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Jack Gordon




James Wm. Moffa,
Oct 21, 1950-March 19, 2012


James Wm. Moffa

Jim's publicity photo, mid 1980s


"Before I begin, I think it's only fair to tell you about myself."

James Wm. Moffa was born and spent his early life in New Jersey. He often told the story of how he got his start in the industry working at his family's restaurant, called Moffa's Farm. His father's biggest criticism was that he "didn't smile enough" -- a necessity in the hospitality industry. Jim's excuse was that he wasn't paid enough to smile so much.

Jim attended the College of the Holy Cross (Worcester, Massachusetts). Following his graduation in the early 1970's, he moved to Michigan, where he was soon employed by Win Schuler, one of the legends in the industry, as a trainer for his restaurants' employees.

In the mid 70's Jim was hired by Bill Fisher, Executive VP of the National Restaurant Association, as assistant director of educational seminars. He criss-crossed the country for the association, speaking to thousands of foodservice owners and operators and their employees. Although an accomplished speaker, Jim disliked having his presentation interrupted by questions. "I'm like a 747," he'd say at the beginning of seminars. "I go forward. I don't go backwards." Together with Stephen G. Miller, the NRA's educational seminar director, Jim created and led seminars on hiring, employee motivation, performance review, increasing sales, employee selection, and many other topics.

When the NRA moved from Chicago to Washington, D.C., in the late 70's, Jim was responsible for planning and overseeing installation of the new telephone system, a extremely important task for an association that depended on successful member communication. Jim took great pride in the seamless transition for callers to the association during its 800 mile move.

After the educational division was downsized in the 1980s, Jim and Miller left the association to start the Miller Resource Group. They worked together for several years creating and putting on seminars for state and national associations as well as coordinating speaking schedules for some of the foodservice industry's most famous trainers.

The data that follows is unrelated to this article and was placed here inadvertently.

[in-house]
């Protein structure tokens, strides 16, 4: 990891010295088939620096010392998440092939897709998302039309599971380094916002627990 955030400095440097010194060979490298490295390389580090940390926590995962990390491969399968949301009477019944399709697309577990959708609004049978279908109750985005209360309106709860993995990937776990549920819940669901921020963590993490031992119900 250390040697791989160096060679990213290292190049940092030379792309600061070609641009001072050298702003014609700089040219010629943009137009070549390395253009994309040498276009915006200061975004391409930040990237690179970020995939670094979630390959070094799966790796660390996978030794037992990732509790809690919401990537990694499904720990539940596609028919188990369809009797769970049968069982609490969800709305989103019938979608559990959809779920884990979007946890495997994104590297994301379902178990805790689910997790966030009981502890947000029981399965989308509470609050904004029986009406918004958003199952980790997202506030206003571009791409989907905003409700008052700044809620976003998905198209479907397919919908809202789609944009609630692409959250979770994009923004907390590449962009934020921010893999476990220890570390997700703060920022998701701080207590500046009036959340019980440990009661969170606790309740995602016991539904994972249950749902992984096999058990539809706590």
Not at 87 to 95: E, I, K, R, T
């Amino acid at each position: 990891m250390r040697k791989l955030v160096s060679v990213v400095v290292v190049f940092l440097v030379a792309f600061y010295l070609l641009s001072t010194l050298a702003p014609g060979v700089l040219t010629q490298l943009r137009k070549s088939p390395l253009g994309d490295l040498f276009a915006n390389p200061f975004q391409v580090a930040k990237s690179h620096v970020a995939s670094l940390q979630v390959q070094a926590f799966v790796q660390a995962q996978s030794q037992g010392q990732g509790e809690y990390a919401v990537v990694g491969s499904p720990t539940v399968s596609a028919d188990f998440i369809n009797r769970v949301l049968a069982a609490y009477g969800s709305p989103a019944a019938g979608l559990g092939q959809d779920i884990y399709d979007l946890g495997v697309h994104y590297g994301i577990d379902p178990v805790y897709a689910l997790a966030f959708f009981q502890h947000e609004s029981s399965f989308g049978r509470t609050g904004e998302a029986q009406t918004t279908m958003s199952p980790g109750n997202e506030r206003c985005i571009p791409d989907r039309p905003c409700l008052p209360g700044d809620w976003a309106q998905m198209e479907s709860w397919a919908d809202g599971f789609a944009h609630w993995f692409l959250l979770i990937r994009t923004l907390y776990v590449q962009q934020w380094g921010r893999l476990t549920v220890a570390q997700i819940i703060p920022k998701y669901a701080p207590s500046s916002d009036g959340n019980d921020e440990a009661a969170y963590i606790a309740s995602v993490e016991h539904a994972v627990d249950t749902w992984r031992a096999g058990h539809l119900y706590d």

Jim left the partnership in the mid-80's to focus on working with individual operators and small chain owners, while still presenting seminars for trade groups and larger companies. He moved to Opportunity, Washington (just outside of Spokane) in 1985.

Some of his clients included Hyatt Hotels, Carson-Pirie Scott, Walgreen's Corp., the Amway Grand Plaza Hotel, and the Alsaker Corp. He put on seminars for associations in all 50 states and several Canadian provinces as well as the National Association of Truck Stop Operators, the National Association of Concessionaires, the National Club Association, the Canadian Restaurant & Foodservices Association, and the National Restaurant Association.

An early innovator in individual, small group training, Jim produced audio and/or video training sessions on "How to Hire When There Are No People," "How to Increase Food & Beverage Sales," and "Motivation--Winning Ways With People." He was the author of several publications including 201 Sources of Employees, 225 Ideas to Increase Sales, and Ideas for Better Training.




I first met Jim at RASW's Class H Convention in Spokane in 1986. He wasn't on the program (Jack Gordon had hired him for our Fast Food Convention in Tacoma later in the year) but since he had just moved to Spokane, he came by to do some reconnaisance. And to congratulate me for a recent headline in the Pacific NW Restaurateur that said "Jim Hoffa to Speak at Convention."

We became friends instead of just business associates later that year when he was in Tacoma to speak at our Convention. My family and I had just moved to a new house and Beverly suggested I call him up and invite him to dinner. "We only live 20 minutes from the hotel," she reminded me. So I called and he accepted.  90 minutes later (he got lost) Jim showed up. For the next few years, he thought nothing of calling to let us know he was leaving Spokane in his orange Super Beetle and he'd see us in four or five hours.

As administrative vp and director of education for RASW, I coordinated and attended all of our statewide and regional meetings. So I saw a lot of Jim during the time that he spoke for us. He took shortened versions of his "Train the Trainer" and "How to Hire (When There Are No People)" seminars to scores of chapter meetings across Washington State. He also spoke at statewide conventions and conferences and our International Hospitality Show in the Kingdome.

We continued to talk and correspond after I left the Restaurant Association and he'd come by and visit when he spoke in our area for a trade group or other business. Unfortunately, our weekly contacts became monthly and then more like semi-annually. But "Uncle Jim" -- as our older daughters called him -- was still regularly in my thoughts. It was with great sadness that in April of 2012 I received a card from his sister, Monica, telling me of Jim's passing at the family home in Michigan. 

"When you hire someone, make sure that person has WOO. WOO is the ability to positively affect someone you've never seen before."

James "Jim" Moffa and John Gordon at an RASW meeting.

Photo by F. L. Ash

John R Gordon (left) and Jim Moffa (right) at an RASW meeting in 1986


There is no sin in making a profit.
Nicholas Moffa









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